CFP Board’s certification requirements are centered around the “Four E’s” — Education, Examination, Experience and Ethics — each of which has developed and been strengthened over the course of CFP Board’s history.
1986: CFP Board approves curriculum standards for registered institutions.
1987: CFP Board’s begins registration of financial planning education programs; 25 institutions register by year end.
1987: The CFP Board commissioned-study, Job Analysis of the Professional Requirements of the Certified Financial Planner, conducted by the College for Financial Planning, sets out 175 subject matter areas that formed the basis of CFP Board’s model curriculum and exam development, and grouped those in 6 categories: Fundamentals of Financial Planning, Insurance Planning, Investment Planning, Income Tax Planning, Retirement Planning and Employee Benefits, and Estate Planning.
1988: Continuing education requirements introduced; first Program Directors’ Conference held.
1990: Job Knowledge Requirements of the Certified Financial Planner published; model curriculum based on 1987 Job Analysis published.
1994: Transcript review process introduced, allowing those who had not completed a CFP Board-Registered Program but who had completed courses corresponding to the required curriculum for CFP® certification to meet the education requirement; continuing education requirement amended to require at least 2 hours on CFP Board’s ethical standards.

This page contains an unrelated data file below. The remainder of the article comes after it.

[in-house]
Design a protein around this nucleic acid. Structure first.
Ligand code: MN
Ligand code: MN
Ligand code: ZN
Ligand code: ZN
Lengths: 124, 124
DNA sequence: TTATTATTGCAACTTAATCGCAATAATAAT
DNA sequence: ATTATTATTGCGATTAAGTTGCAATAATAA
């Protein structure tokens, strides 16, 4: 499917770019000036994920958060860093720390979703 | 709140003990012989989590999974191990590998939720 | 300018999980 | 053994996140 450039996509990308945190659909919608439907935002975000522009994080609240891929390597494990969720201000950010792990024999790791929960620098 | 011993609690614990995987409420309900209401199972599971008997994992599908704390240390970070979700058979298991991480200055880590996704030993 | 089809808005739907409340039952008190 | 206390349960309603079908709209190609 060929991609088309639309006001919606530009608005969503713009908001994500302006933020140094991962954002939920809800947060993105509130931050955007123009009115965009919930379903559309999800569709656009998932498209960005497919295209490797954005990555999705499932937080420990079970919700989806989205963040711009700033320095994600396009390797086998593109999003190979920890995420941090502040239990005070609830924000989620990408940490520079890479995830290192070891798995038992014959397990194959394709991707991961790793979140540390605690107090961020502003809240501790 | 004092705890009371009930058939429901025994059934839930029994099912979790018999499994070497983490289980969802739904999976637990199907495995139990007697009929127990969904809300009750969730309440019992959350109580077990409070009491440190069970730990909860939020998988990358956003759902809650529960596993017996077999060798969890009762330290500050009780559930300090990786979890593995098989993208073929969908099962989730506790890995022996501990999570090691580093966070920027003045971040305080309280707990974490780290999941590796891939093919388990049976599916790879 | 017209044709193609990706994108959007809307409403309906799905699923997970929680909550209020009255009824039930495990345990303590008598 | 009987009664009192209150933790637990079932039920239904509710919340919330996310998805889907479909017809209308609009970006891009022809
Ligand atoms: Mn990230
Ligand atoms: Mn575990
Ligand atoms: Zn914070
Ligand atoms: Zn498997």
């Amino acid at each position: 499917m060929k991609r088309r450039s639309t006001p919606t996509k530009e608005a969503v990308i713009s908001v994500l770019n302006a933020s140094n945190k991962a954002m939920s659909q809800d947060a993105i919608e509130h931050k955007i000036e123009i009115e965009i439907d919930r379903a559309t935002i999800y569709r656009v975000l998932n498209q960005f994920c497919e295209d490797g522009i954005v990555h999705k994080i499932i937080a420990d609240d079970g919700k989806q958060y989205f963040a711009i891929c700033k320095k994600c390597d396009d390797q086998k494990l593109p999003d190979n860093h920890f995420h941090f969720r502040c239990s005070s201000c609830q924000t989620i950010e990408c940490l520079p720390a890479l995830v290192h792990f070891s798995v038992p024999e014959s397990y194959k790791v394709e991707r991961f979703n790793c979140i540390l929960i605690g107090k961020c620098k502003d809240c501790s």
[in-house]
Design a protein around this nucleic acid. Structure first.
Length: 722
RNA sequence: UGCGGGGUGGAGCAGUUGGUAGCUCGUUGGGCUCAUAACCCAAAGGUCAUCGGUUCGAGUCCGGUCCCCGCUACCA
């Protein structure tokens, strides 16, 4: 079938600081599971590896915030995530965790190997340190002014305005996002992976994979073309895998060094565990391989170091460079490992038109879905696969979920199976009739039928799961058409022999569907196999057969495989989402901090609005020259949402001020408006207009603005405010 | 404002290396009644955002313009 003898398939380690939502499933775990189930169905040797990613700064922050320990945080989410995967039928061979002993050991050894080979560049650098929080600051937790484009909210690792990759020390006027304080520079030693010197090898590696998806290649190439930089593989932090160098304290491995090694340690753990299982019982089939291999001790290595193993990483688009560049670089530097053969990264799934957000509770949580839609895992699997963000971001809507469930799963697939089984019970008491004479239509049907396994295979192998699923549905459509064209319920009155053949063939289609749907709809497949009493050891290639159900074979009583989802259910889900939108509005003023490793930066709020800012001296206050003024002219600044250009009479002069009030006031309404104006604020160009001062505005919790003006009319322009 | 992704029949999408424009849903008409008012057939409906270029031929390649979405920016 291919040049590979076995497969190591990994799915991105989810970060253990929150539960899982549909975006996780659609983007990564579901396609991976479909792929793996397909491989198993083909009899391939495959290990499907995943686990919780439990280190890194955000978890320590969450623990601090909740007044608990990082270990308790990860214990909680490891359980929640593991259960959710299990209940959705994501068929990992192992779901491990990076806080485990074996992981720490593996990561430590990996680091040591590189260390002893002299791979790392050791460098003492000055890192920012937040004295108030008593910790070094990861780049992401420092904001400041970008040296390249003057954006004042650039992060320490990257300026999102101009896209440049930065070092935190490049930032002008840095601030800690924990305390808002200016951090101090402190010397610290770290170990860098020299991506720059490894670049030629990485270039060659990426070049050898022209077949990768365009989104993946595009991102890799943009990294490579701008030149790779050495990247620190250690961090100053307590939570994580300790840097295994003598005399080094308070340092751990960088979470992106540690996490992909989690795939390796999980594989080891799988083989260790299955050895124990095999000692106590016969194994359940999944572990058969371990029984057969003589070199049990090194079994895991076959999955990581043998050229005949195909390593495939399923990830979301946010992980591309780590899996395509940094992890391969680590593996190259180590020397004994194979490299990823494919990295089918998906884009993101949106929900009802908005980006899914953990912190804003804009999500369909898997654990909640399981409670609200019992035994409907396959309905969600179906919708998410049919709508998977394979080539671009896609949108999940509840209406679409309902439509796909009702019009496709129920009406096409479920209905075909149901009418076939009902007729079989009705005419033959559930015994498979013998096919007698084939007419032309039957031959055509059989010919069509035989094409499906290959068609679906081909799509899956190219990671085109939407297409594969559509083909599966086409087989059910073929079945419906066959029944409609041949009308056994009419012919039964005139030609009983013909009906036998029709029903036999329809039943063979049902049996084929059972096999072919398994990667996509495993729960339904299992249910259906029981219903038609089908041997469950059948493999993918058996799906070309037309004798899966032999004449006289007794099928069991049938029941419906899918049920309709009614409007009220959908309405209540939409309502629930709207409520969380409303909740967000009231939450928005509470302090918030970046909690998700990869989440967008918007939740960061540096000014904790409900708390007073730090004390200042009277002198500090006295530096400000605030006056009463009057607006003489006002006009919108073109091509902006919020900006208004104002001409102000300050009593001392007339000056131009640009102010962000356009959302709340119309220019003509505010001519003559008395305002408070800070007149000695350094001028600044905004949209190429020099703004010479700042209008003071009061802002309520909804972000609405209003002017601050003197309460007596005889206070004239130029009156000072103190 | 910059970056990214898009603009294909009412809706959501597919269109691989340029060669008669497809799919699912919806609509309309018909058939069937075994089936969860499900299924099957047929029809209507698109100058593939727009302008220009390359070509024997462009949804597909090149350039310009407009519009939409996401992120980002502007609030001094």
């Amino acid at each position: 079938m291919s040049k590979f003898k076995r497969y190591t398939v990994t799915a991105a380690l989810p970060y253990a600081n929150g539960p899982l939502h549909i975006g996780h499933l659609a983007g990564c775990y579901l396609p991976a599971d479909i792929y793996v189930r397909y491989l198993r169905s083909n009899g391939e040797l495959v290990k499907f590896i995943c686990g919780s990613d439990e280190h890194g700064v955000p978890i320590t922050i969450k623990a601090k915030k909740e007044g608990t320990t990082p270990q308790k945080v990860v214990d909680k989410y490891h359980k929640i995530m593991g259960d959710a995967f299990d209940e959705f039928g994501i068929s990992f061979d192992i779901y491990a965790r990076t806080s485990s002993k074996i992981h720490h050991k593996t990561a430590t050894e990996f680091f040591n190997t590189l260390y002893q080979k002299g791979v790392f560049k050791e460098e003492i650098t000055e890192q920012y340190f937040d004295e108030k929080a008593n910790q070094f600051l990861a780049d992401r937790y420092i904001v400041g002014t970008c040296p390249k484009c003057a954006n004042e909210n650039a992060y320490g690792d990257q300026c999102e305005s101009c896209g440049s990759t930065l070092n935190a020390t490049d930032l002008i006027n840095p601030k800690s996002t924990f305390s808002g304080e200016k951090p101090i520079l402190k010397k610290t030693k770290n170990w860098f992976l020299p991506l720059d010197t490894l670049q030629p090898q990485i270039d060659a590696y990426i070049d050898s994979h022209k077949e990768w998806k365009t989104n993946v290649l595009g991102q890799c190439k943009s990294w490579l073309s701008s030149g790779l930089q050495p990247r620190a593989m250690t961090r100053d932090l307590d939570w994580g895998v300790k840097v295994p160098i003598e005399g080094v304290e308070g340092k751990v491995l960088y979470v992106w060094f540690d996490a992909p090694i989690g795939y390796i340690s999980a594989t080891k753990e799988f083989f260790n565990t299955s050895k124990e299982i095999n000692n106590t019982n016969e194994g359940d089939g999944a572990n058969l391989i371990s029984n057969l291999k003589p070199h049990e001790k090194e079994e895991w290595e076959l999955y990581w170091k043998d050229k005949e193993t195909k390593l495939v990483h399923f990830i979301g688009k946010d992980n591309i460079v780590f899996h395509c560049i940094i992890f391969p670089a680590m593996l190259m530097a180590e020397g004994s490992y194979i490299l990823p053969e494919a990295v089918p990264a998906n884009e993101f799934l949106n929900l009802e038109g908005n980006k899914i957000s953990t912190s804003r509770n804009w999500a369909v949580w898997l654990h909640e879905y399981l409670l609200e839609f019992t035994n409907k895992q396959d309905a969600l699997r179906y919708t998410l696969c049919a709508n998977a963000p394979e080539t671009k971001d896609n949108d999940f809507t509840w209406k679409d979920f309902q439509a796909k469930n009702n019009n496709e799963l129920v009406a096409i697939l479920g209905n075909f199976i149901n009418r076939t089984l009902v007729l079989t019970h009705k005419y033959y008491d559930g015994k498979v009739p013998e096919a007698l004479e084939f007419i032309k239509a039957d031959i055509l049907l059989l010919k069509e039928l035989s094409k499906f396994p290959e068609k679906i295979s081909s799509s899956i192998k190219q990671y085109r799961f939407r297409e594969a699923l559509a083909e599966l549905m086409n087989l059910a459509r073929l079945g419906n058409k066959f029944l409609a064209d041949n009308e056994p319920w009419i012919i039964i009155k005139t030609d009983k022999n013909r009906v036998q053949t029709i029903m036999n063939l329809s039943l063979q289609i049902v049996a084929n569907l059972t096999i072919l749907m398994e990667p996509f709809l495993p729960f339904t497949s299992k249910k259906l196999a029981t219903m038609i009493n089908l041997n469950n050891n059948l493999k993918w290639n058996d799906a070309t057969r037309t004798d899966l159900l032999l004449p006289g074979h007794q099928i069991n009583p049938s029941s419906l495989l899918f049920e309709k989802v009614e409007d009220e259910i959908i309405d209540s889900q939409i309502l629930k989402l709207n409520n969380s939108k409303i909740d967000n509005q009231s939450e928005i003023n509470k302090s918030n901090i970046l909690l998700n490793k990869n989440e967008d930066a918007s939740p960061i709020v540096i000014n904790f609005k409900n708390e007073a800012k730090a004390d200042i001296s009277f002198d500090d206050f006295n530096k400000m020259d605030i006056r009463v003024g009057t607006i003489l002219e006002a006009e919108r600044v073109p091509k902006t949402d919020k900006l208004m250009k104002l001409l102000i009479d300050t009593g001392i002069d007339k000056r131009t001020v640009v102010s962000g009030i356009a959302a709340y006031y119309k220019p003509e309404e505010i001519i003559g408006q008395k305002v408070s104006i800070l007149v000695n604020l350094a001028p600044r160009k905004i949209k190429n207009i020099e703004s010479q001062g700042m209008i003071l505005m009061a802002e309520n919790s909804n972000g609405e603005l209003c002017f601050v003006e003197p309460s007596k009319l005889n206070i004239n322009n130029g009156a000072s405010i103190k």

2004: CFP Board and Academy of Financial Services establish a model curriculum for university-level financial planning programs, to assist more colleges and universities in establishing degree programs in financial planning.
2007: Bachelor’s degree requirement takes effect; applicants for certification must have a bachelor's degree (or higher), or its equivalent, in any discipline, from an accredited college or university
2008: Council on Education formed to advise CFP Board staff on the development and clarification of all educational policies related to the CFP® certification process.
2010: CFP Board adopts a Financial Plan Development Course requirement, which requires future applicants for CFP® certification an opportunity to integrate and apply all aspects of curricular content within their registered program through a capstone course. The new course requirement is phased in beginning March 2012.
1986: Adoption of Code of Ethics and Standards of Professional Conduct and Disciplinary Rules and Procedures.
1989: Preliminary discussions of identifying generally accepted financial planning principles and practice standards.
1991: Following a 3-year development process, CFP Board adopts revised Code of Ethics and Professional Responsibility, which introduced comprehensive disclosure requirements, with a January 1, 1993 effective date.
1995: Board of Practice Standards holds first meeting in January; first Practice Standard released for comments in fall of 1995.
1999: First three Practice Standards become effective.
2002: Final Practice Standards become effective.